Got Solid Food? Rest; atonement; perfection; type/antitype; Melchizedek

Hebrews 5:1 is the third sentence of a topic to which the Writer returned after expositing what is arguably the overarching motif of Scripture: Rest. Joshua, at Joshua 21:43 – 45 (emphases added), proclaimed:

Thus the LORD gave to Israel all the land that he swore to give to their fathers. *** And the LORD gave them rest on every side just as he had sworn to their fathers. *** Not one word of all the good promises that the LORD had made to the house of Israel had failed; all came to pass.

Of course He kept His promises! Yet,

For if Joshua had given them rest, God would not have spoken of another day later on. So, then, there remains a Sabbath rest for the people of God, for whoever has entered God’s rest has also rested from his works as God did from his. Hebrews 4:8 – 10 (emphases added)

The Writer isn’t calling Joshua a false-witness-bearer; he’s proclaiming the Truth that the physical rest which was promised to ethnic/national Israel was but a type, the antitype being His Sabbath rest – eternal rest. The Old Covenant Sabbath isn’t the fulfillment of our Lord’s seventh-day rest … the “Sabbath rest for the people of God” is! The Old Covenant [made obsolete by the New Covenant (Hebrews 8:13)] Sabbath was the picture; the fulfillment is our rest from our works!

“Come to me all who labor and are heavy laden, and I will give you rest” [Matthew 11: 28 (emphasis added)] was – to the Old Covenant Jew – blasphemy!

Them’s fightin’ words, unfortunately. That is, the foregoing Truth is, unfortunately, problematic for one of Christendom’s primary theological systems. Steve’s book on New Covenant Theology, available in the ids bookstore, is a good source for study of this Truth, inter alia.

The Writer cautions that unbelief is the barrier to rest and proclaims:

For the word of God is living and active, sharper than any two-edged sword, piercing to the division of soul and spirit, of joints and of marrow, and discerning the thoughts and intentions of the heart. And no creature is hidden from his sight, but all are naked and exposed to the eyes of him to whom we must give account. Hebrews 4:12 – 13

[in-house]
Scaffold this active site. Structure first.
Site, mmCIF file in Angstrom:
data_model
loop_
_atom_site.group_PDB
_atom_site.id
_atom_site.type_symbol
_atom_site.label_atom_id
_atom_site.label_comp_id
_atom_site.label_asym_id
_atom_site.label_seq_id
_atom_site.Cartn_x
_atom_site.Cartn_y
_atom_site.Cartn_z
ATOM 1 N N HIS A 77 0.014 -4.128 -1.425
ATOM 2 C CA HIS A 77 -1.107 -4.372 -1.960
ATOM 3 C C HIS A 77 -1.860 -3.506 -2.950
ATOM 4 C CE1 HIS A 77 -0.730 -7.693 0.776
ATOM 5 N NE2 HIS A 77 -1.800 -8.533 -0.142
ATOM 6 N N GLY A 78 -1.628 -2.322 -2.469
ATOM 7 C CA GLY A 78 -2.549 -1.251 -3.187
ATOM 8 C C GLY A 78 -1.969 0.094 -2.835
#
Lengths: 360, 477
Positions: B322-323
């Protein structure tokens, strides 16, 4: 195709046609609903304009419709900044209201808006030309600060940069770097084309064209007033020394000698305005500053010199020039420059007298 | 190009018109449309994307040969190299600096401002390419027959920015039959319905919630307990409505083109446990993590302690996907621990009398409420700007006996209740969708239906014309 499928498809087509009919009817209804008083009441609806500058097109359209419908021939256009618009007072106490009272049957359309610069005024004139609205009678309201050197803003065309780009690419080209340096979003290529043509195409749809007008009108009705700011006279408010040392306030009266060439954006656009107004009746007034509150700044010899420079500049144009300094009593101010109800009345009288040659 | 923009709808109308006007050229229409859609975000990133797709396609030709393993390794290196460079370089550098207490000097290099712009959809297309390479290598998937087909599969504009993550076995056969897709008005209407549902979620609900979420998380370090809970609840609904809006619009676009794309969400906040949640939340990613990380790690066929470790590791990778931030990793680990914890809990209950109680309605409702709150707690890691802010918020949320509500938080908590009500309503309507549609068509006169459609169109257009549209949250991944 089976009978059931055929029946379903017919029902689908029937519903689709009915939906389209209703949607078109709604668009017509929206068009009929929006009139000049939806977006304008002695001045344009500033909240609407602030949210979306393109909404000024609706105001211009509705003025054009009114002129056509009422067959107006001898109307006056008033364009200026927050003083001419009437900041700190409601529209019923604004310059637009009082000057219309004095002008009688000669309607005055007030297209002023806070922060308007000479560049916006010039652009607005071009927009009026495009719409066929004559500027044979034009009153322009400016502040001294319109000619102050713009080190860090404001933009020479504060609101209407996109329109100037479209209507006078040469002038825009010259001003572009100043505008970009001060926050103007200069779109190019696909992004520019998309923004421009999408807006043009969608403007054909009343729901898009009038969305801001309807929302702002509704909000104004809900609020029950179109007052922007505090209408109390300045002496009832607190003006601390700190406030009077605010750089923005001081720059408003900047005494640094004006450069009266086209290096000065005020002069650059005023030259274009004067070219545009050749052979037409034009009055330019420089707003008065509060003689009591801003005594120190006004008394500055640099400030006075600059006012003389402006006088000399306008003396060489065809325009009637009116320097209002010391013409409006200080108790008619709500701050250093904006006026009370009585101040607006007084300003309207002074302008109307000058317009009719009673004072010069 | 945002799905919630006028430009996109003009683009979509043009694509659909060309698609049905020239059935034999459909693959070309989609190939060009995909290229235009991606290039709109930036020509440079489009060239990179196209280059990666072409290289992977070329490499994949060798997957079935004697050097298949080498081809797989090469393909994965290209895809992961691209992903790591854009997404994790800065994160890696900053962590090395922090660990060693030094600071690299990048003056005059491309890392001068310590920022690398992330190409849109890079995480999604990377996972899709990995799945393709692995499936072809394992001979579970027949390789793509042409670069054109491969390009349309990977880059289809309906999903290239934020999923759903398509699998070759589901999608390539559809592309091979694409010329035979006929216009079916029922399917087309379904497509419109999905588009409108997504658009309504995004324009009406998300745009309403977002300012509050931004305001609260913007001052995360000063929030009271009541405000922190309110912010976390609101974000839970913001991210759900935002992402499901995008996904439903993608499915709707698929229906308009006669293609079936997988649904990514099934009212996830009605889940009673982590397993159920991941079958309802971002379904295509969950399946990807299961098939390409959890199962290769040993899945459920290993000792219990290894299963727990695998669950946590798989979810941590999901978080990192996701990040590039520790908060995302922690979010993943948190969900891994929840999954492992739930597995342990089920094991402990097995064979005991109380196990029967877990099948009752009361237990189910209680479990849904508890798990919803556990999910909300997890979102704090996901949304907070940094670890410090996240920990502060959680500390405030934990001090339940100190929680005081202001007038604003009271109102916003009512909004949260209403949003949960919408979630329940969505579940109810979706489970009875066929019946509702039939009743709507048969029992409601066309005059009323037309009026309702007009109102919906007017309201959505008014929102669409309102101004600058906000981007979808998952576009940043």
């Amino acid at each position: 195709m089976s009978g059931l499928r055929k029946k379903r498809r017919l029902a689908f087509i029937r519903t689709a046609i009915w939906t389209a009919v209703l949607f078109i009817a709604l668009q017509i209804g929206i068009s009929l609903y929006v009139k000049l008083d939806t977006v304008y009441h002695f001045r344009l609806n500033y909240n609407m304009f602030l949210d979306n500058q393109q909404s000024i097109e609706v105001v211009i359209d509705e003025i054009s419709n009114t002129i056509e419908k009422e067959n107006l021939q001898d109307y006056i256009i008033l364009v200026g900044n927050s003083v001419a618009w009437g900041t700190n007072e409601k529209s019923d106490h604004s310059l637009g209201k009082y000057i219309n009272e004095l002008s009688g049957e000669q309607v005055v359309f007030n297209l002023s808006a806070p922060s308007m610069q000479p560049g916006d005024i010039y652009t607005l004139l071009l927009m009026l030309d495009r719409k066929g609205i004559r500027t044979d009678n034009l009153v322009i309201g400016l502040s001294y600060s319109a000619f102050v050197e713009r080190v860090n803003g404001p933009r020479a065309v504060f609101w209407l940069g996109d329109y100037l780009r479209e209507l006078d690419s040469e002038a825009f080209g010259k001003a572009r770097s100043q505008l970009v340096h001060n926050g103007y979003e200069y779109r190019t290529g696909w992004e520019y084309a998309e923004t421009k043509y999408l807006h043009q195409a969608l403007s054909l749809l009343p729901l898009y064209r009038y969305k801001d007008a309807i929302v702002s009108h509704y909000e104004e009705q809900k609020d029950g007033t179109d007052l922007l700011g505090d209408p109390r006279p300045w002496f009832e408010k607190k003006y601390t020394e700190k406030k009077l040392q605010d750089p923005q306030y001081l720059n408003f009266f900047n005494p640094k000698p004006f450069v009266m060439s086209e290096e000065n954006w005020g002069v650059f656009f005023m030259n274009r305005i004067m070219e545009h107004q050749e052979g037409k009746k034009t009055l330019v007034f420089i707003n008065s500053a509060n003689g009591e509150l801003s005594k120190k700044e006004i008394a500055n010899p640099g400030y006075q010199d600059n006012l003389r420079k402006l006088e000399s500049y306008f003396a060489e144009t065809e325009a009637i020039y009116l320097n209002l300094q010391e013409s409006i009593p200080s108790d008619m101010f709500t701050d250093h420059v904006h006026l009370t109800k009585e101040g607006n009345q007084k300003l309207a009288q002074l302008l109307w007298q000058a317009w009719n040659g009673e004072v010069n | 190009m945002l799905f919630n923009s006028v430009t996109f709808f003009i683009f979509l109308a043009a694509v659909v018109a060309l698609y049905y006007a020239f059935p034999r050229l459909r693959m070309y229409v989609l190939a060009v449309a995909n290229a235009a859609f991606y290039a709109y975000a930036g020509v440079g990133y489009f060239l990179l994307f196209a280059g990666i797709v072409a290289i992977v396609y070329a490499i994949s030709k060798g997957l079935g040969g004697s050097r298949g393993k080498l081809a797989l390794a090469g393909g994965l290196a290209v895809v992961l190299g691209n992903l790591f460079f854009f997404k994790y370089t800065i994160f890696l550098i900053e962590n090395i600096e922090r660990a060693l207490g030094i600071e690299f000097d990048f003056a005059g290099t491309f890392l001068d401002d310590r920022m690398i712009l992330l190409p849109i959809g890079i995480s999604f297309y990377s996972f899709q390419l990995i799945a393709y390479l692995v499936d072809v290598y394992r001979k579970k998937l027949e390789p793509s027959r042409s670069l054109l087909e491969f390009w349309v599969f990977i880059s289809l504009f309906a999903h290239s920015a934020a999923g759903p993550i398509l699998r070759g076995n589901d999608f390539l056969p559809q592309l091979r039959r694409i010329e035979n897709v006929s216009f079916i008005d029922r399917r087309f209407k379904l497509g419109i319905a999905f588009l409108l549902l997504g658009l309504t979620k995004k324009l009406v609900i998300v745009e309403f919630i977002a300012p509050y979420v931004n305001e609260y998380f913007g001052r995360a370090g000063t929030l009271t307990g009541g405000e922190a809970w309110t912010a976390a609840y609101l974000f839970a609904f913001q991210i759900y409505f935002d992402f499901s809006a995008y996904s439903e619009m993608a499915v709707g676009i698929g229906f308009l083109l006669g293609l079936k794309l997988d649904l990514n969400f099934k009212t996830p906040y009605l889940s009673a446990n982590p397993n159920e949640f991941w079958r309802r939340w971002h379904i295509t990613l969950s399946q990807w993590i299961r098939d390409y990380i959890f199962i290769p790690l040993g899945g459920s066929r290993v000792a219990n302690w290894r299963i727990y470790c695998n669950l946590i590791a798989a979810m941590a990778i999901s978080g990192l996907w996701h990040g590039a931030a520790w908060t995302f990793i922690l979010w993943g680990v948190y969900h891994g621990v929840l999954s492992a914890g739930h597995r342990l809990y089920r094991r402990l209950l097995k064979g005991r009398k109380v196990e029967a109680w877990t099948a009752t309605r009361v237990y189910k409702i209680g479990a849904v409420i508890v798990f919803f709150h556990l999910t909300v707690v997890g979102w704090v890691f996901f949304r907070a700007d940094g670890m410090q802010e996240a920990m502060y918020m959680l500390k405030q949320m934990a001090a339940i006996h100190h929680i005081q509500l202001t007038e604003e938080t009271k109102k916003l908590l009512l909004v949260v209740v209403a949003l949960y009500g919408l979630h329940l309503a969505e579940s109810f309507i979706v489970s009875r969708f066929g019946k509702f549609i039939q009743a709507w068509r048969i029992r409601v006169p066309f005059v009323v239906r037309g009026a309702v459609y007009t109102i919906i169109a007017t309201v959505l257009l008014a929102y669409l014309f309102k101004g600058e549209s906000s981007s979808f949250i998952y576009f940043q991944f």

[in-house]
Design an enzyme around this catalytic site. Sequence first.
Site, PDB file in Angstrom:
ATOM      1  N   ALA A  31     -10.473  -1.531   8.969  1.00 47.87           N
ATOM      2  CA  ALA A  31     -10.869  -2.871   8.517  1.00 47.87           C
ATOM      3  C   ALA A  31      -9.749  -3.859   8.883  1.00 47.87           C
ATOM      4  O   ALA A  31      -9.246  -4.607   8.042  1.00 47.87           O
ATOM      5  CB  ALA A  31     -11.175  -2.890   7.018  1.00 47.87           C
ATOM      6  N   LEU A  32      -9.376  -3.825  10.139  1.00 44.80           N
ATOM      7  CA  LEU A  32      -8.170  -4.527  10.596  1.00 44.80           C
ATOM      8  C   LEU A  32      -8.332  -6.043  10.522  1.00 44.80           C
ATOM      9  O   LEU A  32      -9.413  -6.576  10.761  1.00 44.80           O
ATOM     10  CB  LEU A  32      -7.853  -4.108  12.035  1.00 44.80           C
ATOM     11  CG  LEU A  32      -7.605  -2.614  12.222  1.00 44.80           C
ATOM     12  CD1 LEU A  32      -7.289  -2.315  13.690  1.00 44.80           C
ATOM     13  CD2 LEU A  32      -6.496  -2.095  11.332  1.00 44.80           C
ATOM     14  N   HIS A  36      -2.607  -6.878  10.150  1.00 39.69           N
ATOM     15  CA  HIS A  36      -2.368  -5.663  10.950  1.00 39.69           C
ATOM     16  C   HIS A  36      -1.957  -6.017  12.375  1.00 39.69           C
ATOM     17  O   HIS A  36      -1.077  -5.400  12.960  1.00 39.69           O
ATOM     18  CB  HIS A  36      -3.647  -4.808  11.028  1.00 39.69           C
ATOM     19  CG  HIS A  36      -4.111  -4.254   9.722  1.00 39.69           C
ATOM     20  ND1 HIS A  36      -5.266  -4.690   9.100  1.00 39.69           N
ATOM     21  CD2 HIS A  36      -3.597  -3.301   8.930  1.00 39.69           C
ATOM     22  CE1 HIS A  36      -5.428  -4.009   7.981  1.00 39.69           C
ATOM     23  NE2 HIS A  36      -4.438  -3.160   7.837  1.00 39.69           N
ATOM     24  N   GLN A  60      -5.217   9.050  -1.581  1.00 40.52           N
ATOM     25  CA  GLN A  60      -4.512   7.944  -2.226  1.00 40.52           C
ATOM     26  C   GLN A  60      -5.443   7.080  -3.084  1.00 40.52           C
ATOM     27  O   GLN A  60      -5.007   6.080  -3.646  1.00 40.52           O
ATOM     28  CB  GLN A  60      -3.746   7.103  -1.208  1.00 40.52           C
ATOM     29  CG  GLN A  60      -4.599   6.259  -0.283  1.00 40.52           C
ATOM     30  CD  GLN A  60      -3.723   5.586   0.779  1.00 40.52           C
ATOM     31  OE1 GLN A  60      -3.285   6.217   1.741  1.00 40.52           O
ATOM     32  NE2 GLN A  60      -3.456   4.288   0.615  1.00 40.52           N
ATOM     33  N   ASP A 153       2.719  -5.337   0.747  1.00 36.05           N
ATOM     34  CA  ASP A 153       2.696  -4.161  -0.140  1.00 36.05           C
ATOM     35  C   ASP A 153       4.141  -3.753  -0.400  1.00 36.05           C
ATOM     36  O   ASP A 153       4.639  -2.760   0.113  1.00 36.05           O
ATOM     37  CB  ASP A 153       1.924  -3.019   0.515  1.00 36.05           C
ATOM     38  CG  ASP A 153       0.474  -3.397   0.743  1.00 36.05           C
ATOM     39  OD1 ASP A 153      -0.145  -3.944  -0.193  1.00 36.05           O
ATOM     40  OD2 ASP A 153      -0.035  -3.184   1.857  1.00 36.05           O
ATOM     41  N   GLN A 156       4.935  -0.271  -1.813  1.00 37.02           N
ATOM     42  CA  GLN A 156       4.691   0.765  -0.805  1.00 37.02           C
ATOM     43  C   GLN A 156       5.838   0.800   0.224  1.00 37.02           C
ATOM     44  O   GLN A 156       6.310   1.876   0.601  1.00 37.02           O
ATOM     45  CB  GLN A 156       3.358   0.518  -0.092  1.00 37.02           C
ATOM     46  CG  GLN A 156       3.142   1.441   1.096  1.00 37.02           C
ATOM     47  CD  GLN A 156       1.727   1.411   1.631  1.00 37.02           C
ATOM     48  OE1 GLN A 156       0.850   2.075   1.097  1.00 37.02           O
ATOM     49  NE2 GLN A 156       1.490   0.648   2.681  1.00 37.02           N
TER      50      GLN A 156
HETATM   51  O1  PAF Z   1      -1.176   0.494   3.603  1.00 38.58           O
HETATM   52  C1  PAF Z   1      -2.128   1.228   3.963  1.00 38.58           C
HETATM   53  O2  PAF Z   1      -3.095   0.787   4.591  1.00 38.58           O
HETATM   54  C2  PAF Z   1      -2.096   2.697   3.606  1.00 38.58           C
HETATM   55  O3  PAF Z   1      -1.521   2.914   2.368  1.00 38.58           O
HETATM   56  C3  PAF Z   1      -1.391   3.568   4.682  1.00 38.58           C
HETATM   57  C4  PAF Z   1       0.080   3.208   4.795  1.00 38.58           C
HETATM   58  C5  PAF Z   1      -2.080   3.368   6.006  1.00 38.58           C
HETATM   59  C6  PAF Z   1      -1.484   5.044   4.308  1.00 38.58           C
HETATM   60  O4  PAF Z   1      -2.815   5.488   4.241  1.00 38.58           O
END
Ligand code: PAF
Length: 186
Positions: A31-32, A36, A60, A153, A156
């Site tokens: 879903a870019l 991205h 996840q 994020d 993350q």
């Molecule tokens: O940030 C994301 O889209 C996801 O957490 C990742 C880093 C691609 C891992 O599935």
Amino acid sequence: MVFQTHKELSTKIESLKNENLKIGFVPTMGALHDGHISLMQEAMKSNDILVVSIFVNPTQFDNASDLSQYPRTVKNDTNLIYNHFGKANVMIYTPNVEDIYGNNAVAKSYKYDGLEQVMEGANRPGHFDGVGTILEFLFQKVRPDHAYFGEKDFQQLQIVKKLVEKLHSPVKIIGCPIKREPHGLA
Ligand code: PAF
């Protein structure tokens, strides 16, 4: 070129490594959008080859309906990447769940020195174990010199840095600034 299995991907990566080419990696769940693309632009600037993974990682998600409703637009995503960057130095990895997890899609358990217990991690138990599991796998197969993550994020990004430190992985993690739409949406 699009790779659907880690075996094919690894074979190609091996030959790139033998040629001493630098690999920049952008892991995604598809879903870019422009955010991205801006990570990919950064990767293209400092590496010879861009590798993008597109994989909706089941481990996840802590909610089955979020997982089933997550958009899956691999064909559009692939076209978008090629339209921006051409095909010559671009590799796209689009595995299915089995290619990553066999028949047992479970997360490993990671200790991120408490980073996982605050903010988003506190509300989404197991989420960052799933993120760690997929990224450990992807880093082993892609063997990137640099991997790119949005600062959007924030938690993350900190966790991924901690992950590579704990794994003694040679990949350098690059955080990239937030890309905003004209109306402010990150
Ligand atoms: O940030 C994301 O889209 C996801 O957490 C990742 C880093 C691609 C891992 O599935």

He knows. His word is His probe. Our throats are laid bare to Him. But:

Since then we have a great high priest who has passed through the heavens, Jesus, the Son of God, let us hold fast our confession. Hebrews 4:14

Our Great High Priest didn’t pass through the curtain of the temple – it was “torn in two” via our Lord’s crucifixion (Luke 23:45). He entered the true “holy of holies”, the “more perfect tabernacle not made with hands” (Hebrews 9:11 – 12). The final Passover and the final Yom Kippur (Day of Atonement) gave way to the inauguration of the new and everlasting covenant (Hebrews 13:20). Tetelestai/Paid in Full/Finished. It’s the work in which we must rest!

As mentioned, the Writer, at v. 4:14, returns to his central theme – Jesus’ high priesthood, first mentioned at v. 2:17 and then at v. 3:1. At v. 5:1, he mentions the role of the Old Covenant high priest: “[T]o offer gifts and sacrifices for sin” (v. 5:1). Jesus’ gift was His perfection … He was without sin (v. 4:15). * You will do well to read the articles found here, and here. * His sacrifice was Himself.

Contrary to the Old Covenant high priest, Jesus, of course, was/is not “beset with weakness” (v. 5:2). He wasn’t “obligated to offer sacrifice for his own sins” (v. 5:3) as was the Old Covenant High Priest, pursuant to the Day of Atonement liturgy prescribed via Leviticus 16.

Aaron was chosen by God; Levites were God’s choice to be His priests. Via v v. 5 and 6, the Writer quotes from two Psalms to indicate Jesus’ divine commission and ordination. At Hebrews 1:5, the Writer quoted Psalm 2:7 (juxtaposed with 2 Sam. 7:14) in exaltation of Jesus’ Sonship and the incomparable superiority of such. In v. 5:5, the Writer juxtaposes Psalm 2:7 with Psalm 110:4 — Jesus’ unique Sonship with His incomparable superior High Priesthood … in the order of Melchizedek.

This is the third mention of Melchizedek in Scripture (the first: Genesis 14:18) and the first in Hebrews; eight more references to Melchizedek exist – all within Hebrews (six within chapter 7)! “About this we have much to say, and it is hard to explain … .” (v. 5:11)

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